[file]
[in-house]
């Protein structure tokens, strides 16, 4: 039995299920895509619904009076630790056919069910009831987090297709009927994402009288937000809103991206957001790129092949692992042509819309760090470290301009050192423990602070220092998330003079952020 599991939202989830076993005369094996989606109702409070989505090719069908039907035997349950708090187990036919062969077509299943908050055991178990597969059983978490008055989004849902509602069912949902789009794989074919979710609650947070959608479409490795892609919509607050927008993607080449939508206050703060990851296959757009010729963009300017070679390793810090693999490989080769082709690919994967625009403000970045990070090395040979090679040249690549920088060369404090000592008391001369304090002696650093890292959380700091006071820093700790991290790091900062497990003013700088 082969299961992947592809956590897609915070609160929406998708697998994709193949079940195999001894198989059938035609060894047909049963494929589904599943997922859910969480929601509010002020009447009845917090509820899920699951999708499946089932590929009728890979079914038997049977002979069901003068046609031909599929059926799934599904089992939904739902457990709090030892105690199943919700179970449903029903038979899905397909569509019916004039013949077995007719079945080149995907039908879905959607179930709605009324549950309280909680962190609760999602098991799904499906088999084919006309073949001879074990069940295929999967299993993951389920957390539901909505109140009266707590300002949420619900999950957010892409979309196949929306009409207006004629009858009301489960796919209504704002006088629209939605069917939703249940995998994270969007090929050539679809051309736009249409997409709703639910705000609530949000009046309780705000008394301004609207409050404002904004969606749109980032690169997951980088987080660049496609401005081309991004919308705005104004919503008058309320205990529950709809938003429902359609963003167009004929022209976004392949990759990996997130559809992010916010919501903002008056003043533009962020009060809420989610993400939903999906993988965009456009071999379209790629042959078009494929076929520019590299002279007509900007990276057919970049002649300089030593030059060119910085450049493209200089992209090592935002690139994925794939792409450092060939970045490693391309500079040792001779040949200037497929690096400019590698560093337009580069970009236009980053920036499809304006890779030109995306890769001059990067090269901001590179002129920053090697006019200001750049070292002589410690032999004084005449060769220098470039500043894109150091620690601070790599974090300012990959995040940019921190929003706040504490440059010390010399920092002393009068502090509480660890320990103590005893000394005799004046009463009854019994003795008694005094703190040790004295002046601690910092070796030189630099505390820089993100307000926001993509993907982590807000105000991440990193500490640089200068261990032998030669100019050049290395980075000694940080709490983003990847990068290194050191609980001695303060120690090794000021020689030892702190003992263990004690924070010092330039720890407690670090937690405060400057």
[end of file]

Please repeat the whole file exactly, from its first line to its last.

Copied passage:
[in-house]
């Protein structure tokens, strides 16, 4: 039995299920895509619904009076630790056919069910009831987090297709009927994402009288937000809103991206957001790129092949692992042509819309760090470290301009050192423990602070220092998330003079952020 599991939202989830076993005369094996989606109702409070989505090719069908039907035997349950708090187990036919062969077509299943908050055991178990597969059983978490008055989004849902509602069912949902789009794989074919979710609650947070959608479409490795892609919509607050927008993607080449939508206050703060990851296959757009010729963009300017070679390793810090693999490989080769082709690919994967625009403000970045990070090395040979090679040249690549920088060369404090000592008391001369304090002696650093890292959380700091006071820093700790991290790091900062497990003013700088 082969299961992947592809956590897609915070609160929406998708697998994709193949079940195999001894198989059938035609060894047909049963494929589904599943997922859910969480929601509010002020009447009845917090509820899920699951999708499946089932590929009728890979079914038997049977002979069901003068046609031909599929059926799934599904089992939904739902457990709090030892105690199943919700179970449903029903038979899905397909569509019916004039013949077995007719079945080149995907039908879905959607179930709605009324549950309280909680962190609760999602098991799904499906088999084919006309073949001879074990069940295929999967299993993951389920957390539901909505109140009266707590300002949420619900999950957010892409979309196949929306009409207006004629009858009301489960796919209504704002006088629209939605069917939703249940995998994270969007090929050539679809051309736009249409997409709703639910705000609530949000009046309780705000008394301004609207409050404002904004969606749109980032690169997951980088987080660049496609401005081309991004919308705005104004919503008058309320205990529950709809938003429902359609963003167009004929022209976004392949990759990996997130559809992010916010919501903002008056003043533009962020009060809420989610993400939903999906993988965009456009071999379209790629042959078009494929076929520019590299002279007509900007990276057919970049002649300089030593030059060119910085450049493209200089992209090592935002690139994925794939792409450092060939970045490693391309500079040792001779040949200037497929690096400019590698560093337009580069970009236009980053920036499809304006890779030109995306890769001059990067090269901001590179002129920053090697006019200001750049070292002589410690032999004084005449060769220098470039500043894109150091620690601070790599974090300012990959995040940019921190929003706040504490440059010390010399920092002393009068502090509480660890320990103590005893000394005799004046009463009854019994003795008694005094703190040790004295002046601690910092070796030189630099505390820089993100307000926001993509993907982590807000105000991440990193500490640089200068261990032998030669100019050049290395980075000694940080709490983003990847990068290194050191609980001695303060120690090794000021020689030892702190003992263990004690924070010092330039720890407690670090937690405060400057």